I think one of the hardest parts of becoming a baal teshuvah is in finding a comfort zone. Being an Orthodox Jew is not a once-a-week thing, or even a once-a-day thing. It’s something that permeates and becomes your whole essence – your actions, your thoughts and yourself.
It’s easy to get overwhelmed when facing so many changes. A simple thing to do in such a situation is to shut down your mind and blindly follow what others tell you to do. The problem in this is that, down the road, you often catch yourself in a place that isn’t really you.
Becoming religious is a long journey. Many people walk over mountains and through valleys on the way to finding the place that is right for them. I know I did.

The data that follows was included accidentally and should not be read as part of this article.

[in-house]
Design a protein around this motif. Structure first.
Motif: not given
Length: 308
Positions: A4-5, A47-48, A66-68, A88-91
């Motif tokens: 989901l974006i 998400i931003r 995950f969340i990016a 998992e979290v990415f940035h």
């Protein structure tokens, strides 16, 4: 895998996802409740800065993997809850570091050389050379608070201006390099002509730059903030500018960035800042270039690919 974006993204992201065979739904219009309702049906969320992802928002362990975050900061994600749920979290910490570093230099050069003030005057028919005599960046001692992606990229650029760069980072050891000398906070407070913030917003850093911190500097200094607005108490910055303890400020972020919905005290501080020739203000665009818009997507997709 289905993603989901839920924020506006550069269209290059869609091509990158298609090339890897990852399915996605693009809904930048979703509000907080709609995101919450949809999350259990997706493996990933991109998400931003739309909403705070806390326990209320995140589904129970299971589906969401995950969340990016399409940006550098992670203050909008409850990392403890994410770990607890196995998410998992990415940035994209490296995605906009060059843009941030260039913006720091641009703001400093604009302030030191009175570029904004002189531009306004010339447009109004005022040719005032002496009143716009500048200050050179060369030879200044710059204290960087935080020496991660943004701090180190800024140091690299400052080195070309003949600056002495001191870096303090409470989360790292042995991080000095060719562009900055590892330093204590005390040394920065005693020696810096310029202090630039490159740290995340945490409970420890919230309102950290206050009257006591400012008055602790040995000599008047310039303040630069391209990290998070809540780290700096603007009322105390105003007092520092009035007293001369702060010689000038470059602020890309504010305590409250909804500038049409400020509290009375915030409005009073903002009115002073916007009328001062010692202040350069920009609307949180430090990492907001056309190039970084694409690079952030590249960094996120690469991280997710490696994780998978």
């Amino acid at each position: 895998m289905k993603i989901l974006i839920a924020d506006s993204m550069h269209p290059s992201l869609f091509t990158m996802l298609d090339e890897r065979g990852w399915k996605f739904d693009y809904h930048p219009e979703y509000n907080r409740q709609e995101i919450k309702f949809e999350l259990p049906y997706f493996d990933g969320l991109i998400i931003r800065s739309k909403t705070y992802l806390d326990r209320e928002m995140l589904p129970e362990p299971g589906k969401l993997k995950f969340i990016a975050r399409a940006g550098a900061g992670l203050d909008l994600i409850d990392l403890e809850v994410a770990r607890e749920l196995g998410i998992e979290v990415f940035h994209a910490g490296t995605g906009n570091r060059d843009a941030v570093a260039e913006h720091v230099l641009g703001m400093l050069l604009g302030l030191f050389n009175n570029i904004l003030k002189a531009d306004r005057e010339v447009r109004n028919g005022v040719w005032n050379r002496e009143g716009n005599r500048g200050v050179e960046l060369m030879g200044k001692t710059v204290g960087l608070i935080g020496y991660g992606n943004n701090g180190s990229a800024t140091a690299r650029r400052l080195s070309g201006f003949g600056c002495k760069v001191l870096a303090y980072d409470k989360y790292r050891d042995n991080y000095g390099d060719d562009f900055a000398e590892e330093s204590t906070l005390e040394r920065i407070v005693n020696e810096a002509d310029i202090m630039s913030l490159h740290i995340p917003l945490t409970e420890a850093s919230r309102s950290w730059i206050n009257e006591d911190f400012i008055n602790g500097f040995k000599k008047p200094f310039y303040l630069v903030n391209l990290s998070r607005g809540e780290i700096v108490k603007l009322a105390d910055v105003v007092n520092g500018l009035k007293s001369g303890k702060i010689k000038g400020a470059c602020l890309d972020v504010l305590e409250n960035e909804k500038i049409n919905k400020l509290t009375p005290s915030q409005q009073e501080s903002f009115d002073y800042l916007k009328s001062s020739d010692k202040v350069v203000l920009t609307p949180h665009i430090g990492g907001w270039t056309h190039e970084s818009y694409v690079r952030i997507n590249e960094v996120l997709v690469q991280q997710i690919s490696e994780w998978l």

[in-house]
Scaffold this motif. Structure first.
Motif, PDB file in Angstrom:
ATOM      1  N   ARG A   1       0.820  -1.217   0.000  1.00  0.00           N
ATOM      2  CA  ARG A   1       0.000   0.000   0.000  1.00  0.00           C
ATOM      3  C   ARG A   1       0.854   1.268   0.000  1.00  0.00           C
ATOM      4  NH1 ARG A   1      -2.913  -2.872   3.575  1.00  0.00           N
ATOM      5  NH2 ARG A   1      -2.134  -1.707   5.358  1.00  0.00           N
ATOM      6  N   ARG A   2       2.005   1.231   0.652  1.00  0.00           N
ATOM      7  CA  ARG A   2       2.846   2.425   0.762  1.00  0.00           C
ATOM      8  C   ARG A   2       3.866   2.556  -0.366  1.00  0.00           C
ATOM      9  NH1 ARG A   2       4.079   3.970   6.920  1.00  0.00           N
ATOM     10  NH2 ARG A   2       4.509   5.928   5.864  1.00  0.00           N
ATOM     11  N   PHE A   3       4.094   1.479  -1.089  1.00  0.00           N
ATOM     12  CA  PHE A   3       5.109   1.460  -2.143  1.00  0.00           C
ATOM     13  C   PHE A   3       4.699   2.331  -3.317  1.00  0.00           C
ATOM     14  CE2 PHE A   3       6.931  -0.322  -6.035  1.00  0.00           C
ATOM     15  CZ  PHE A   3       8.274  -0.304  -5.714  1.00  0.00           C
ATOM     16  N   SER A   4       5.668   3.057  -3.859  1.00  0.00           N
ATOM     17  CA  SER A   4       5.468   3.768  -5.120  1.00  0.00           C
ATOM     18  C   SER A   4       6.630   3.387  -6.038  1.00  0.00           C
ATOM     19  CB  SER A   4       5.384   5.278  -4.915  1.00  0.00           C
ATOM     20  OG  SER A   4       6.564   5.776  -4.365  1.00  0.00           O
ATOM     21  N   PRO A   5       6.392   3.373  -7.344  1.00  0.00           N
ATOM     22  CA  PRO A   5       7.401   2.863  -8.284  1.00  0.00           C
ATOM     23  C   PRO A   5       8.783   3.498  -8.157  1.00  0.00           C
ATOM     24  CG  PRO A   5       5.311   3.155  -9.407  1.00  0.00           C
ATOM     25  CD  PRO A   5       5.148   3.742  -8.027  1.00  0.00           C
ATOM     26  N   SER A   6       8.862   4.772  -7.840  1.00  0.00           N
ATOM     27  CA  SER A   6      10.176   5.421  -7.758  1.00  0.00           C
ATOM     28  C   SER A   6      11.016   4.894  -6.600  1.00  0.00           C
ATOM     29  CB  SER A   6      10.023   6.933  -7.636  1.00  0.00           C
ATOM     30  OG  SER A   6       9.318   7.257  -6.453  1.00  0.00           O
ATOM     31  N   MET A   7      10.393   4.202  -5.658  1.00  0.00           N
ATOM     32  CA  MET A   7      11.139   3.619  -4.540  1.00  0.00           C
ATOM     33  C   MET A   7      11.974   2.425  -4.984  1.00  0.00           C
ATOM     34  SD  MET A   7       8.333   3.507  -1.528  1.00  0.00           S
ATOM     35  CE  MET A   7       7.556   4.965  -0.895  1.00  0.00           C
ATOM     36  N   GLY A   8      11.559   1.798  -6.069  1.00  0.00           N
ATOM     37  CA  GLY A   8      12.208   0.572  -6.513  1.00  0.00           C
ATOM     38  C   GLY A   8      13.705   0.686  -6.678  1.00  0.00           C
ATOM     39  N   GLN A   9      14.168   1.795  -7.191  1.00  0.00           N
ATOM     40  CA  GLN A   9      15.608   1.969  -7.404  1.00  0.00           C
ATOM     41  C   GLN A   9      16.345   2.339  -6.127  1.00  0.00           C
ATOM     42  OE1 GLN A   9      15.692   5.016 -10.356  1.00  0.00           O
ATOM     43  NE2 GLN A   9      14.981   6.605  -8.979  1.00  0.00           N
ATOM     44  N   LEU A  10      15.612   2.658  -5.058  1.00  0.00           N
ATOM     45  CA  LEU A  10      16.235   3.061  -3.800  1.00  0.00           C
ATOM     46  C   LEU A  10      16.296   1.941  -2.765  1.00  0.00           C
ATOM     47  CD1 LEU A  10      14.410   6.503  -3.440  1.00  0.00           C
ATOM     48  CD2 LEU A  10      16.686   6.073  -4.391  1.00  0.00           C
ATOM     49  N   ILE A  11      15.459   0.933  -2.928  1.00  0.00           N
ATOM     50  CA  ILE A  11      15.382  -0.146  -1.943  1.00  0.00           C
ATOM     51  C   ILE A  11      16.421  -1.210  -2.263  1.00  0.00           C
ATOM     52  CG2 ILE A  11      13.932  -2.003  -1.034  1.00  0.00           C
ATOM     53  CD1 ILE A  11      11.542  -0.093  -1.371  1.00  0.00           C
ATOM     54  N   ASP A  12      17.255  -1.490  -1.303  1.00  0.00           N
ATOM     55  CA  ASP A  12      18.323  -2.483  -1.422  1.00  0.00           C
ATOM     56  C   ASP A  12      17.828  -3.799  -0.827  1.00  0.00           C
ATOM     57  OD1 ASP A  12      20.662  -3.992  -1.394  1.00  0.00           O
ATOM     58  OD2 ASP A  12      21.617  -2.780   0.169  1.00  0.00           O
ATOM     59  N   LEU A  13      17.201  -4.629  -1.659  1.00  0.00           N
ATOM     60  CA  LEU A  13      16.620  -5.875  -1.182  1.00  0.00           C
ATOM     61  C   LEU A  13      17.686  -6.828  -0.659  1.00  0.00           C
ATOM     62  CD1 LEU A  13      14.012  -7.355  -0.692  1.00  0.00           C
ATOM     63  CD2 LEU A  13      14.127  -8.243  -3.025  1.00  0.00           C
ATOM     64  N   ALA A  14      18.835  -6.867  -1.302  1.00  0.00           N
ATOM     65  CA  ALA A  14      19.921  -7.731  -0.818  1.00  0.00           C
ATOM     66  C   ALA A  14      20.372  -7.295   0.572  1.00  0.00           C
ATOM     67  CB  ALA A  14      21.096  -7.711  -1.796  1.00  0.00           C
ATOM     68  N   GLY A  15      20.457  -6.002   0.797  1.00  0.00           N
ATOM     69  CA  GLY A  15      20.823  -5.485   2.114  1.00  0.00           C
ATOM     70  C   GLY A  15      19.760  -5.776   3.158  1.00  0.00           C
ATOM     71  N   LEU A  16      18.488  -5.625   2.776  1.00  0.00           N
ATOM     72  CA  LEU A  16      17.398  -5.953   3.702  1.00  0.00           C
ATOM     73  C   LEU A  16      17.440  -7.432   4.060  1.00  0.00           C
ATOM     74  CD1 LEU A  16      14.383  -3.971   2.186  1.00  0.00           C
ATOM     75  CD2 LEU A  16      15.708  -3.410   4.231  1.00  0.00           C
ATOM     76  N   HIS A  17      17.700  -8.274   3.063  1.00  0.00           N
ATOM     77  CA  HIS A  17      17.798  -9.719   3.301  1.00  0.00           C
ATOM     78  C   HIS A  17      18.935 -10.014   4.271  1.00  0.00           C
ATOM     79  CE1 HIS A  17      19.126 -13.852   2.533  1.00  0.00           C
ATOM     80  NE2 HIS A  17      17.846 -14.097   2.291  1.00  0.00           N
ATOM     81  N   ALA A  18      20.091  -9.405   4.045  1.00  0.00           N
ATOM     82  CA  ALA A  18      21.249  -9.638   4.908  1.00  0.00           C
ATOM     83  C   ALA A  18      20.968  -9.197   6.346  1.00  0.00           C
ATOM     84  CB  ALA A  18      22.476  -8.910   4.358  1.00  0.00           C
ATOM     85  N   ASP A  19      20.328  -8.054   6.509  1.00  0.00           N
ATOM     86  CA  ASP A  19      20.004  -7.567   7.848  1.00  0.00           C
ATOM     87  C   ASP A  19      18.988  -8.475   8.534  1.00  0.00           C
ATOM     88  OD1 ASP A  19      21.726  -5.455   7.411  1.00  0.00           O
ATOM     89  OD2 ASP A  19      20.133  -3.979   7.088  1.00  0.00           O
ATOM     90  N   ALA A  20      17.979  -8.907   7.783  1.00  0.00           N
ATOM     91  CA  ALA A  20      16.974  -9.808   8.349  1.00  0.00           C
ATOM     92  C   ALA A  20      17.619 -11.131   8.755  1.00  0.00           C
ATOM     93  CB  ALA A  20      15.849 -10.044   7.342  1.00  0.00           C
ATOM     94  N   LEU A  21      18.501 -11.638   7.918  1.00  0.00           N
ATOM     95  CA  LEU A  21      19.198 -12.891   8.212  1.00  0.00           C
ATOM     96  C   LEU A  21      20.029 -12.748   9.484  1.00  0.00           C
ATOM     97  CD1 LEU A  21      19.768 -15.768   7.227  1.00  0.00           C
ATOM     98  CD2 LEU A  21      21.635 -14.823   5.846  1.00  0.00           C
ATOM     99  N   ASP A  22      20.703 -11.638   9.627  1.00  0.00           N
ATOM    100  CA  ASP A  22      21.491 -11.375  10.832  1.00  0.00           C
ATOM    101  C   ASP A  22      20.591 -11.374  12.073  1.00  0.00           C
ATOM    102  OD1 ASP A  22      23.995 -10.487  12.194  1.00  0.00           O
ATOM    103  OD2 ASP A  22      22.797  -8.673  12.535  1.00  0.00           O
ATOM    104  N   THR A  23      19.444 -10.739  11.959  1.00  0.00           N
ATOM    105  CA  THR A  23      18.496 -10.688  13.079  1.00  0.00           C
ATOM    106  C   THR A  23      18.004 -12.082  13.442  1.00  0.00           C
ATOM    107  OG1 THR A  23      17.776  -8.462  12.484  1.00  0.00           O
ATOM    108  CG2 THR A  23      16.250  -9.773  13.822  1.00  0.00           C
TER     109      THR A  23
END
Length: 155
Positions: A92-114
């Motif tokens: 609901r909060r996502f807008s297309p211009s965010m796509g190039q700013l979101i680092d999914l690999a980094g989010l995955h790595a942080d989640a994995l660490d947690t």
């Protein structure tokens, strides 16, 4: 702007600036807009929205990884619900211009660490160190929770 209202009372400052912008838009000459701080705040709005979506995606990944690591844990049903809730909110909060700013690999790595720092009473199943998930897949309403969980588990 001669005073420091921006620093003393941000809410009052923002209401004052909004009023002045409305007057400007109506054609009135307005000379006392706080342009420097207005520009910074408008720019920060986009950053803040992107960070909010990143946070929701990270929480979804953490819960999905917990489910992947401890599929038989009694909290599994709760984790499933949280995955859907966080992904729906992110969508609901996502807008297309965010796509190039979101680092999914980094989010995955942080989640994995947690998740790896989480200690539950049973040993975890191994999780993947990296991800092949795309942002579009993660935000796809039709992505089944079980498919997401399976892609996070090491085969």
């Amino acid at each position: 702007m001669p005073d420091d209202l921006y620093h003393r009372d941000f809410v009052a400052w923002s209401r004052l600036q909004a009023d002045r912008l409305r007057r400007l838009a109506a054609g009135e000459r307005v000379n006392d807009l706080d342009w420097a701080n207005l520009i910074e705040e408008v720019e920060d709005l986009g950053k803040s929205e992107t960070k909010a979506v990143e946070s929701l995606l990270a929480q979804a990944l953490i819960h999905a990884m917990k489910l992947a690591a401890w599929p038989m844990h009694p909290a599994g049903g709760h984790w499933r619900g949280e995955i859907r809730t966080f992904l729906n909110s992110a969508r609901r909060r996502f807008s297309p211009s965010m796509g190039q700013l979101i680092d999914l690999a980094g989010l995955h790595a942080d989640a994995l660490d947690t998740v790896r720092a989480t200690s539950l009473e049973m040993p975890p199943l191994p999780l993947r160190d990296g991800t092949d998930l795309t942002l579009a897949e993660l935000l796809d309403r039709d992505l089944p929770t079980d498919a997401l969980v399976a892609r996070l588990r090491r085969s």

It took me a long time to find my comfort zone. I tried out a lot of different models, but finally had to settle on my own concoction of halacha and individuality. A balance between keeping Hashem’s commandments without letting it engulf me completely, not sublimating myself in exchange for acceptance in a specific community. And this balance and concoction changes all the time. But what’s the most important is that I didn’t lose myself, my uniqueness, while at the same time I conformed to what the Torah requires of me as a Jew.
What’s so important on this journey is to find people who support you – wherever you stand religiously. People who care about you and want the best for you, even if that means you are not in the exact same place they are. Since I have managed to find wonderful people who know and love and support me for who I am inside, despite the fact that at times I make different religious decisions than they do, my religious identity and security has blossomed significantly.
Finding your niche within the Orthodox world takes effort, hard work and patience as you work it out. But the efforts are well worth the rewards.